Making the World a Better Place.
US EPA Method 28A - MEASUREMENT OF AIR-TO-FUEL RATIO AND MINIMUM ACHIEVABLE BURN RATES FOR WOOD-FIRED APPLIANCES
NOTE: This method does not include all or the specifications (e.g., equipment and supplies) and procedures (e.g., sampling and analytical) essential to its performance. Some material is incorporated by reference from other methods in this part. Therefore, to obtain reliable results, persons using this method should also have a thorough knowledge of at least the following additional test methods: Method 3, Method 3A, Method 5H, Method 6C, and Method 28.
Particulate matter (PM). No CAS number assigned.
This method is applicable for the measurement of air-to-fuel ratios and minimum achievable burn rates, for determining whether a wood-fired appliance is an affected facility, as specified in 40 CFR 60.530.
Adherence to the requirements of this method will enhance the quality of the data obtained from air pollutant sampling methods.
2.1 A gas sample is extracted from a location in the stack of a wood-fired appliance while the appliance is operating at a prescribed set of conditions. The gas sample is analyzed for carbon dioxide (CO2), oxygen (O2), and carbon monoxide (CO). These stack gas components are measured for determining the dry molecular weight of the exhaust gas. Total moles of exhaust gas are determined stoichiometrically. Air-to-fuel ratio is determined by relating the mass of dry combustion air to the mass of dry fuel consumed.
Same as Method 28, Section 3.0, with the addition of the following:
3.1 Air-to-fuel ratio means the ratio of the mass of dry combustion air introduced into the firebox to the mass of dry fuel consumed (grams of dry air per gram of dry wood burned).
This method may involve hazardous materials, operations, and equipment. This test method may not address all of the safety problems associated with its use. It is the responsibility of the user of this test method to establish appropriate safety and health practices and to determine the applicability of regulatory limitations prior to performing this test method. 6.0 Equipment and Supplies.
1449 6.1 Test Facility. Insulated Solid Pack Chimney,
Platform Scale and Monitor, Test Facility temperature Monitor, Balance, Moisture meter, Anemometer, barometer, Draft Gauge, Humidity Gauge, Wood Heater flue, and Test Facility. Same as Method 28, Sections 6.1, 6.2, and 6.4 to 6.12, respectively.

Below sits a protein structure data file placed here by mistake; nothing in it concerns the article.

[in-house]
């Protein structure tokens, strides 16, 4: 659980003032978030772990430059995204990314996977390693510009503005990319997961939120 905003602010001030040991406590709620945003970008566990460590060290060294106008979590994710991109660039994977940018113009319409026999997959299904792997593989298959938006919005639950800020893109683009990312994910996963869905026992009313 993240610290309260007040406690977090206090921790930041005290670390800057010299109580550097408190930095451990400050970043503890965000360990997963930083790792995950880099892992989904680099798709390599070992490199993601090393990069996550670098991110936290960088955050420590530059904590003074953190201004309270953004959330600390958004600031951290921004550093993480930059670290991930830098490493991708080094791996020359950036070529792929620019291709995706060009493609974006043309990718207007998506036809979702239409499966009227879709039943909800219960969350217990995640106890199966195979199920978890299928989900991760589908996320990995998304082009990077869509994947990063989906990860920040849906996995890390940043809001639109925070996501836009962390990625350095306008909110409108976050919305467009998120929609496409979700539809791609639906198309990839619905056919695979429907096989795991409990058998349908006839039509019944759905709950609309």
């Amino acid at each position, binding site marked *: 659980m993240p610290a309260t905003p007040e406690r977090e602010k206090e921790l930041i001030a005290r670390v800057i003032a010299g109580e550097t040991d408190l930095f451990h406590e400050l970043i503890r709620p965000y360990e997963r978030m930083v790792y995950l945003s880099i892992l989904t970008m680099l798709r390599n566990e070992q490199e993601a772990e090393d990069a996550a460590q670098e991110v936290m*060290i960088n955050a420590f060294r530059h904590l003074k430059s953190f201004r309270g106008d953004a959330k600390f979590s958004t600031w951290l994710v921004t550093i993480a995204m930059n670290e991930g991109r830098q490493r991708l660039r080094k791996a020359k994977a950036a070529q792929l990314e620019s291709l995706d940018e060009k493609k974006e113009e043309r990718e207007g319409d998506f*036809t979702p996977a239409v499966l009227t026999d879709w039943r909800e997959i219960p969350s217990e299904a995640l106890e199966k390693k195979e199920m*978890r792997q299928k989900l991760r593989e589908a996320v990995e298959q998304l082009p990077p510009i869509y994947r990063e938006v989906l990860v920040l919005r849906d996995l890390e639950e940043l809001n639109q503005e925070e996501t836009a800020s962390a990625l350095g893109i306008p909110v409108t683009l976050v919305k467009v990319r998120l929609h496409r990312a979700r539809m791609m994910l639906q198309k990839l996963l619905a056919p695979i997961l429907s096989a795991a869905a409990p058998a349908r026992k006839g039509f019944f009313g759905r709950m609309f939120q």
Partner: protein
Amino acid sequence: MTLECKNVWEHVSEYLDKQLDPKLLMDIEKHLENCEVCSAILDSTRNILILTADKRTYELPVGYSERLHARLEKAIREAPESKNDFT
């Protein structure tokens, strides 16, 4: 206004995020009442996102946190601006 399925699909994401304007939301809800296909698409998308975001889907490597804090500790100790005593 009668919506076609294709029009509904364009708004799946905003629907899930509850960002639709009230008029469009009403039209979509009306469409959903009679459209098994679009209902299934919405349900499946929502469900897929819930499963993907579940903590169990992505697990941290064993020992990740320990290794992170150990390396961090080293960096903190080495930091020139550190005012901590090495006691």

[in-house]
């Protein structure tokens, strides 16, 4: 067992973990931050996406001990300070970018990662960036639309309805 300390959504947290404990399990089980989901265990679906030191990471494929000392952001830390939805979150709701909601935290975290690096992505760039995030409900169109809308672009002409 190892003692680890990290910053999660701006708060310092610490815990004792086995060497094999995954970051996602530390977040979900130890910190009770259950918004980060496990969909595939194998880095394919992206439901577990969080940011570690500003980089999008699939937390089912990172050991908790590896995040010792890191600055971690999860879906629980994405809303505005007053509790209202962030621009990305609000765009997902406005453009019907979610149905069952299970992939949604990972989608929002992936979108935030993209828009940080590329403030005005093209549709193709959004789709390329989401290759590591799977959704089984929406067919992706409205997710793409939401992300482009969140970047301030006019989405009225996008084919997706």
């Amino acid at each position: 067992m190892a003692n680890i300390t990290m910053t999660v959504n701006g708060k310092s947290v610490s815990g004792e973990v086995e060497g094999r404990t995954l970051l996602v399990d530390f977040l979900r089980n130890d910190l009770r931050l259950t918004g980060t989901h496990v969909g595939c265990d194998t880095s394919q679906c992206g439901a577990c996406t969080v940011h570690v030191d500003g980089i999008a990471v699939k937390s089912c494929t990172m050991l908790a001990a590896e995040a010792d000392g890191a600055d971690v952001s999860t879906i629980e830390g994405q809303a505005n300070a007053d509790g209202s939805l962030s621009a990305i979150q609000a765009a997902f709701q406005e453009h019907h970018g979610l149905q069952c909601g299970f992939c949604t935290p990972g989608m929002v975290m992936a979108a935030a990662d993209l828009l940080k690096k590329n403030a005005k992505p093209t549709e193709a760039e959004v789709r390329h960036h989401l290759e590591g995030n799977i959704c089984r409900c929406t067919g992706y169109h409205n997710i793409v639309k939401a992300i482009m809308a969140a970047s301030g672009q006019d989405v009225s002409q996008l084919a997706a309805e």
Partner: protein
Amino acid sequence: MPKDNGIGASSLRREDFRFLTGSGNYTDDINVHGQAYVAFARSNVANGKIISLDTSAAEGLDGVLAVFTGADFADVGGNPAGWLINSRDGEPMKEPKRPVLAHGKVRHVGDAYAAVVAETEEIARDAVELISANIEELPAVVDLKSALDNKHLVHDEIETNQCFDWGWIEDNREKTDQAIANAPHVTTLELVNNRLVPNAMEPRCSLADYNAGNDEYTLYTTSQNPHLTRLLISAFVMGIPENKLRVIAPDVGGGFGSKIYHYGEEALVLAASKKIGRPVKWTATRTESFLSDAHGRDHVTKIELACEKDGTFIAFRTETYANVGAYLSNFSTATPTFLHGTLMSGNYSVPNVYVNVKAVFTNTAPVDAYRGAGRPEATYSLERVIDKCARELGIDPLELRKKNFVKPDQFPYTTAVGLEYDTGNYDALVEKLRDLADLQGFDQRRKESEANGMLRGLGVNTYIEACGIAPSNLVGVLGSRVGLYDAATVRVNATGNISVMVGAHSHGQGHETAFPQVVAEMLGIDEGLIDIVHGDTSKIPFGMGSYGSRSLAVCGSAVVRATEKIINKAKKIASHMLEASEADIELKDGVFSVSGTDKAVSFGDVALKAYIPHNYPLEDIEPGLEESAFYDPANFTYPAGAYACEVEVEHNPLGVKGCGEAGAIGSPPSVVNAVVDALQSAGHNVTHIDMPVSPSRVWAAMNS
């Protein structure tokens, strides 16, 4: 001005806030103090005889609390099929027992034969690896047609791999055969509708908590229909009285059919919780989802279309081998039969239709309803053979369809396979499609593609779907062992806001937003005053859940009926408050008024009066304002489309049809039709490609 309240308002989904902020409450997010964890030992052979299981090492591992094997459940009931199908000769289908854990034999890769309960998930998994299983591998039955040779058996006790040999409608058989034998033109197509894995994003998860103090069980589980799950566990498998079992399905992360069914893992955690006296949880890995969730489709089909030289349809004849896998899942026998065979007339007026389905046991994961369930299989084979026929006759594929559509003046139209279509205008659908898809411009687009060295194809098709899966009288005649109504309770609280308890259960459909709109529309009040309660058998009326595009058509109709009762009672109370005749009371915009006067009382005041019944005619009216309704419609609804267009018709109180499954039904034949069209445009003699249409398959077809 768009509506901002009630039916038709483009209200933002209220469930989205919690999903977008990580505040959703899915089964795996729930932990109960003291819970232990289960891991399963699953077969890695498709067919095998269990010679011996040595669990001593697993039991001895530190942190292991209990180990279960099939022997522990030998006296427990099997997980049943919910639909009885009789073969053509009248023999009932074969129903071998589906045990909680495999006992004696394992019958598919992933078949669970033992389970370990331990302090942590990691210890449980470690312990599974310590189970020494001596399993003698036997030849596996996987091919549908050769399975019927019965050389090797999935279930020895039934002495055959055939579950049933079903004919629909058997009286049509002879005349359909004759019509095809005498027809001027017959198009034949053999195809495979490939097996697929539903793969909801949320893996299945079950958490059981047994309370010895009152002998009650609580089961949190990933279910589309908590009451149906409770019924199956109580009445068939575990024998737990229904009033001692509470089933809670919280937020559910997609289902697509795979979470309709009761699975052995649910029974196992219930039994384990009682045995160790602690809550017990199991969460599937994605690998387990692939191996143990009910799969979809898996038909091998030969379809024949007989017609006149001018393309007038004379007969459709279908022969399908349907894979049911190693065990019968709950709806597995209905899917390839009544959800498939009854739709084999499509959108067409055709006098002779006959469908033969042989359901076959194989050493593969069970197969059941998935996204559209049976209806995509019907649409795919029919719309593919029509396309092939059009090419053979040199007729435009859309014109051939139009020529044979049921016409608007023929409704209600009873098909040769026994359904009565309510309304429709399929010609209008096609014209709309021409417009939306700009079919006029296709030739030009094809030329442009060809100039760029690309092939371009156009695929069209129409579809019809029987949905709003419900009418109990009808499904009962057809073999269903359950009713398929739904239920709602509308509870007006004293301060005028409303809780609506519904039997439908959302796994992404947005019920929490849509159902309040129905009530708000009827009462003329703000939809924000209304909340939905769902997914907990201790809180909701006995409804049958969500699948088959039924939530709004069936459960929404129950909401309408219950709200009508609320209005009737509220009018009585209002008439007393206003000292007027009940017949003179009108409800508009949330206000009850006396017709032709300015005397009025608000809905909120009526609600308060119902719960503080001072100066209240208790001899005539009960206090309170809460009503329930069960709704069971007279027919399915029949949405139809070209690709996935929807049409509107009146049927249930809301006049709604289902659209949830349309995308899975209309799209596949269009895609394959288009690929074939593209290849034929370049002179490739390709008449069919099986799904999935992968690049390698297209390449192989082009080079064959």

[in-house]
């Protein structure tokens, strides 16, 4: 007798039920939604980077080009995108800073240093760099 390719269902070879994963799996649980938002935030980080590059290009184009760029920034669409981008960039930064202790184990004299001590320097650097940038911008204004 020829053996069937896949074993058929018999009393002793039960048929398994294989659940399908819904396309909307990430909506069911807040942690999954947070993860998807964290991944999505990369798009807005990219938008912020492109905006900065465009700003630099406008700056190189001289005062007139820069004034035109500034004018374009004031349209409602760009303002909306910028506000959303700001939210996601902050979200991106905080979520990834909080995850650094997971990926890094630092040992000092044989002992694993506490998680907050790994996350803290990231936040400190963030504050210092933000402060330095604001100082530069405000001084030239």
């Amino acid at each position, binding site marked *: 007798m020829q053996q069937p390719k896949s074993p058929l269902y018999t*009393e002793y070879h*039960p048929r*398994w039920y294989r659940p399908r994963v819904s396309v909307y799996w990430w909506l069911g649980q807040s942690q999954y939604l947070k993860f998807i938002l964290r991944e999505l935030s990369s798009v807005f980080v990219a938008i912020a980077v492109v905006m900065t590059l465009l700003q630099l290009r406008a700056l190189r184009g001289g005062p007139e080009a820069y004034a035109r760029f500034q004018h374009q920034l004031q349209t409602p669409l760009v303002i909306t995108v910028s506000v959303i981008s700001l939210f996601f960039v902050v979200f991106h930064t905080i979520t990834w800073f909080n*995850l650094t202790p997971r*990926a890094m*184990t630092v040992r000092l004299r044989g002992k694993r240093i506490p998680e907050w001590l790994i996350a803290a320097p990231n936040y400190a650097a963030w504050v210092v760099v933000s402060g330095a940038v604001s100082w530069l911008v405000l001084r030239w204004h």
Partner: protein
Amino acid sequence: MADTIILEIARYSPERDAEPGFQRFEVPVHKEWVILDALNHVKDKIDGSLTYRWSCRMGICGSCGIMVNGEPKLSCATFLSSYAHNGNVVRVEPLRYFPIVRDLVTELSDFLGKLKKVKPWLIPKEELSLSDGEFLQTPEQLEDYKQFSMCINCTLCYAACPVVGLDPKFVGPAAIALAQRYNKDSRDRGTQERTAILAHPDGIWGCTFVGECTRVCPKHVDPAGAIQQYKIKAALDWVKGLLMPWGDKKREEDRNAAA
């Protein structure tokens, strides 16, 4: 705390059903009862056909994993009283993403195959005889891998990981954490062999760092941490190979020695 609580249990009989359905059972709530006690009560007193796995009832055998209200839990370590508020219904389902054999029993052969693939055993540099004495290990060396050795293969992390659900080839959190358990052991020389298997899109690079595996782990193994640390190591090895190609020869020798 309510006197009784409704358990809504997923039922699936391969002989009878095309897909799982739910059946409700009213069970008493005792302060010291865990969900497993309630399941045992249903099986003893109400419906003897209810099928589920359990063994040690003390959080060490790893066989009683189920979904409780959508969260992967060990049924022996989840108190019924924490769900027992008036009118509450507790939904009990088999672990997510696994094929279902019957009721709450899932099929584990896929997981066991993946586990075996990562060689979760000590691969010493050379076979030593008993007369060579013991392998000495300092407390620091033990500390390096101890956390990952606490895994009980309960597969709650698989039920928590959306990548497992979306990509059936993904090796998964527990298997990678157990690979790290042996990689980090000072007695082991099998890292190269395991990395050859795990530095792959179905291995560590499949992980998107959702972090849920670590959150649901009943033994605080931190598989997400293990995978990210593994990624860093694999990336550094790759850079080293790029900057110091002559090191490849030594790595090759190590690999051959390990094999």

6.2 Sampling System. Probe, condenser, Valve, pump, Rate meter, Flexible Bag, Pressure Gauge, and Vacuum Gauge. Same as Method 3, Sections 6.2.1 to 6.2.8, respectively. Alternatively, the sampling system described in Method 5H, Section 6.1 may be used.
6.3 Exhaust Gas Analysis. Use one or both of the following:
6.3.1 Orsat Analyzer. Same as Method 3, Section
6.3.2 Instrumental Analyzers. Same as Method 5H, Sections 126.96.36.199 and 188.8.131.52, for CO2 and CO analyzers, except use a CO analyzer with a range of 0 to 5 percent and use a CO2 analyzer with a range of 0 to 5 percent. Use an O2 analyzer capable of providing a measure of O2 in the range of 0 to 25 percent by volume at least once every 10 minutes. 7.0 Reagents and Standards.
1450 7.1 Test Fuel and Test Fuel Spacers. Same as Method
28, Sections 7.1 and 7.2, respectively. 7.2 Cylinder Gases. For each of the three analyzers,
use the same concentration as specified in Sections 7.2.1, 7.2.2, and 7.2.3 of Method 6C. 8.0 Sample Collection, Preservation, Storage, and Transport.
8.1 Wood Heater Air Supply Adjustments.
8.1.1 This section describes how dampers are to be set or adjusted and air inlet ports closed or sealed during Method 28A tests. The specifications in this section are intended to ensure that affected facility determinations are made on the facility configurations that could reasonably be expected to be employed by the user. They are also intended to prevent circumvention of the standard through the addition of an air port that would often be blocked off in actual use. These specifications are based on the assumption that consumers will remove such items as dampers or other closure mechanism stops if this can be done readily with household tools; that consumers will block air inlet passages not visible during normal operation of the appliance using aluminum tape or parts generally available at retail stores; and that consumers will cap off any threaded or flanged air inlets. They also assume that air
1451 leakage around glass doors, sheet metal joints or through
inlet grilles visible during normal operation of the appliance would not be further blocked or taped off by a consumer.